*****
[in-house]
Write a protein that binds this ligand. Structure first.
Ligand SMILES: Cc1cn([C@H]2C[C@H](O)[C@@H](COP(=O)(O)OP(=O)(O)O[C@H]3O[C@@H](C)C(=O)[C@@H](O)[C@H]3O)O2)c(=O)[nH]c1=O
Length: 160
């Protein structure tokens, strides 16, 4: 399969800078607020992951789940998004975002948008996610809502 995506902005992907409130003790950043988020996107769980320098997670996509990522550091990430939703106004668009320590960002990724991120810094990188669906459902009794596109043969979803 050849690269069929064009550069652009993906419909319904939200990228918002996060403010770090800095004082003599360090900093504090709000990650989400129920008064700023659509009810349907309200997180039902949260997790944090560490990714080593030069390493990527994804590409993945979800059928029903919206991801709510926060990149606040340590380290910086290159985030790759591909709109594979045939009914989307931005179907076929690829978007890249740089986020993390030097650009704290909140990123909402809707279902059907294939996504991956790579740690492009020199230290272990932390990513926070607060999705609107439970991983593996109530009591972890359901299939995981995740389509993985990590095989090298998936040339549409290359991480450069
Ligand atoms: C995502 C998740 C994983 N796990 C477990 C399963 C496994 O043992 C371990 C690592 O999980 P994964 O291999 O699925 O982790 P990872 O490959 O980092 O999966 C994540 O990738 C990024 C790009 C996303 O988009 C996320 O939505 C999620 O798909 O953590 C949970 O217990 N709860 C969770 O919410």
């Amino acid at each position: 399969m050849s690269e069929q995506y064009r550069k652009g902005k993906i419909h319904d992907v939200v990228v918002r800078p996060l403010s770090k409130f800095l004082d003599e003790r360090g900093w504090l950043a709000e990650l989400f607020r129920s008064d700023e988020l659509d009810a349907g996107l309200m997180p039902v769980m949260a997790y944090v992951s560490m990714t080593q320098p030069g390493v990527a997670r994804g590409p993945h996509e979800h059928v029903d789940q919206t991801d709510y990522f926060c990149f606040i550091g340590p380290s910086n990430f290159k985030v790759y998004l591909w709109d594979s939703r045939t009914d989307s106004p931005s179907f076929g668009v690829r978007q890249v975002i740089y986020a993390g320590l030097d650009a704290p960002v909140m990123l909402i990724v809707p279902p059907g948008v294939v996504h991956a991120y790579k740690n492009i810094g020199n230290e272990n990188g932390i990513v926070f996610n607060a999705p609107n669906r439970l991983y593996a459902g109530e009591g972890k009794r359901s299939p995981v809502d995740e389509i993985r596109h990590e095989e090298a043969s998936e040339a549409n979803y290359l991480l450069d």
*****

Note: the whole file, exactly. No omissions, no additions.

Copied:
[in-house]
Write a protein that binds this ligand. Structure first.
Ligand SMILES: Cc1cn([C@H]2C[C@H](O)[C@@H](COP(=O)(O)OP(=O)(O)O[C@H]3O[C@@H](C)C(=O)[C@@H](O)[C@H]3O)O2)c(=O)[nH]c1=O
Length: 160
């Protein structure tokens, strides 16, 4: 399969800078607020992951789940998004975002948008996610809502 995506902005992907409130003790950043988020996107769980320098997670996509990522550091990430939703106004668009320590960002990724991120810094990188669906459902009794596109043969979803 050849690269069929064009550069652009993906419909319904939200990228918002996060403010770090800095004082003599360090900093504090709000990650989400129920008064700023659509009810349907309200997180039902949260997790944090560490990714080593030069390493990527994804590409993945979800059928029903919206991801709510926060990149606040340590380290910086290159985030790759591909709109594979045939009914989307931005179907076929690829978007890249740089986020993390030097650009704290909140990123909402809707279902059907294939996504991956790579740690492009020199230290272990932390990513926070607060999705609107439970991983593996109530009591972890359901299939995981995740389509993985990590095989090298998936040339549409290359991480450069
Ligand atoms: C995502 C998740 C994983 N796990 C477990 C399963 C496994 O043992 C371990 C690592 O999980 P994964 O291999 O699925 O982790 P990872 O490959 O980092 O999966 C994540 O990738 C990024 C790009 C996303 O988009 C996320 O939505 C999620 O798909 O953590 C949970 O217990 N709860 C969770 O919410």
């Amino acid at each position: 399969m050849s690269e069929q995506y064009r550069k652009g902005k993906i419909h319904d992907v939200v990228v918002r800078p996060l403010s770090k409130f800095l004082d003599e003790r360090g900093w504090l950043a709000e990650l989400f607020r129920s008064d700023e988020l659509d009810a349907g996107l309200m997180p039902v769980m949260a997790y944090v992951s560490m990714t080593q320098p030069g390493v990527a997670r994804g590409p993945h996509e979800h059928v029903d789940q919206t991801d709510y990522f926060c990149f606040i550091g340590p380290s910086n990430f290159k985030v790759y998004l591909w709109d594979s939703r045939t009914d989307s106004p931005s179907f076929g668009v690829r978007q890249v975002i740089y986020a993390g320590l030097d650009a704290p960002v909140m990123l909402i990724v809707p279902p059907g948008v294939v996504h991956a991120y790579k740690n492009i810094g020199n230290e272990n990188g932390i990513v926070f996610n607060a999705p609107n669906r439970l991983y593996a459902g109530e009591g972890k009794r359901s299939p995981v809502d995740e389509i993985r596109h990590e095989e090298a043969s998936e040339a549409n979803y290359l991480l450069d």